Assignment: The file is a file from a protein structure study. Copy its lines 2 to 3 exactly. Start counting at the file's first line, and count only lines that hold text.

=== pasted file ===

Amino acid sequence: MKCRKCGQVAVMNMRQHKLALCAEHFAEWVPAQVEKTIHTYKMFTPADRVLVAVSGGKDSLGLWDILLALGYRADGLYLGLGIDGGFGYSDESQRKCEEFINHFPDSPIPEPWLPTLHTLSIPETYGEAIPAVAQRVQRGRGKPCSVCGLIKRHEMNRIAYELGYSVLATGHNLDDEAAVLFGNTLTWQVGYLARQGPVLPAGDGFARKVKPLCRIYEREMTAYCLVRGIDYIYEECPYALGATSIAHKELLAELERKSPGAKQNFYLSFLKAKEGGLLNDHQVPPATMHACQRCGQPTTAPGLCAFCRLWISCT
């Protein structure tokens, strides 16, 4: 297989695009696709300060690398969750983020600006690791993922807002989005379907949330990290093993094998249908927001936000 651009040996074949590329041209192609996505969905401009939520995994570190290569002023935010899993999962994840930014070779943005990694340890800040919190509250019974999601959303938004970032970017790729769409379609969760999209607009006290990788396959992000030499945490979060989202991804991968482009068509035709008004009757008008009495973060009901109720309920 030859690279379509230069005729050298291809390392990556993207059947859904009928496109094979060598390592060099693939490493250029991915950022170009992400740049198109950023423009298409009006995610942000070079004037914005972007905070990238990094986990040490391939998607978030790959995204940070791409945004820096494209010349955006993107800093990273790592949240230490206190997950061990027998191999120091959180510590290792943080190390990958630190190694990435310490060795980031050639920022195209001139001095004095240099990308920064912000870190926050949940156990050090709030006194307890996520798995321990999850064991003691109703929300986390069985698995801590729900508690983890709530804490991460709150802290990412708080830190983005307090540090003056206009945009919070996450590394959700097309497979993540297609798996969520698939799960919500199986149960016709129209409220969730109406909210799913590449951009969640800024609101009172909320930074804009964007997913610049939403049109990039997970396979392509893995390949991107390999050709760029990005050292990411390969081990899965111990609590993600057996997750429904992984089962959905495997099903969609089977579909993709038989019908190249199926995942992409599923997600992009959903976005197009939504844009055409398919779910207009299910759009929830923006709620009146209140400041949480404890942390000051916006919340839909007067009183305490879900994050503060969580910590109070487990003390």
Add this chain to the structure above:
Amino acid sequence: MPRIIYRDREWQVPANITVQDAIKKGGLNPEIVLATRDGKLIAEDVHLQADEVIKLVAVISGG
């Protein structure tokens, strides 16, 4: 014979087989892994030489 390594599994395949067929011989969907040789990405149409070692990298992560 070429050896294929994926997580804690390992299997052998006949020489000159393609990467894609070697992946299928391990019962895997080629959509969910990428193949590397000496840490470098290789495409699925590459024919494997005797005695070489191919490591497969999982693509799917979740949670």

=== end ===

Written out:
């Protein structure tokens, strides 16, 4: 297989695009696709300060690398969750983020600006690791993922807002989005379907949330990290093993094998249908927001936000 651009040996074949590329041209192609996505969905401009939520995994570190290569002023935010899993999962994840930014070779943005990694340890800040919190509250019974999601959303938004970032970017790729769409379609969760999209607009006290990788396959992000030499945490979060989202991804991968482009068509035709008004009757008008009495973060009901109720309920 030859690279379509230069005729050298291809390392990556993207059947859904009928496109094979060598390592060099693939490493250029991915950022170009992400740049198109950023423009298409009006995610942000070079004037914005972007905070990238990094986990040490391939998607978030790959995204940070791409945004820096494209010349955006993107800093990273790592949240230490206190997950061990027998191999120091959180510590290792943080190390990958630190190694990435310490060795980031050639920022195209001139001095004095240099990308920064912000870190926050949940156990050090709030006194307890996520798995321990999850064991003691109703929300986390069985698995801590729900508690983890709530804490991460709150802290990412708080830190983005307090540090003056206009945009919070996450590394959700097309497979993540297609798996969520698939799960919500199986149960016709129209409220969730109406909210799913590449951009969640800024609101009172909320930074804009964007997913610049939403049109990039997970396979392509893995390949991107390999050709760029990005050292990411390969081990899965111990609590993600057996997750429904992984089962959905495997099903969609089977579909993709038989019908190249199926995942992409599923997600992009959903976005197009939504844009055409398919779910207009299910759009929830923006709620009146209140400041949480404890942390000051916006919340839909007067009183305490879900994050503060969580910590109070487990003390």
Add this chain to the structure above: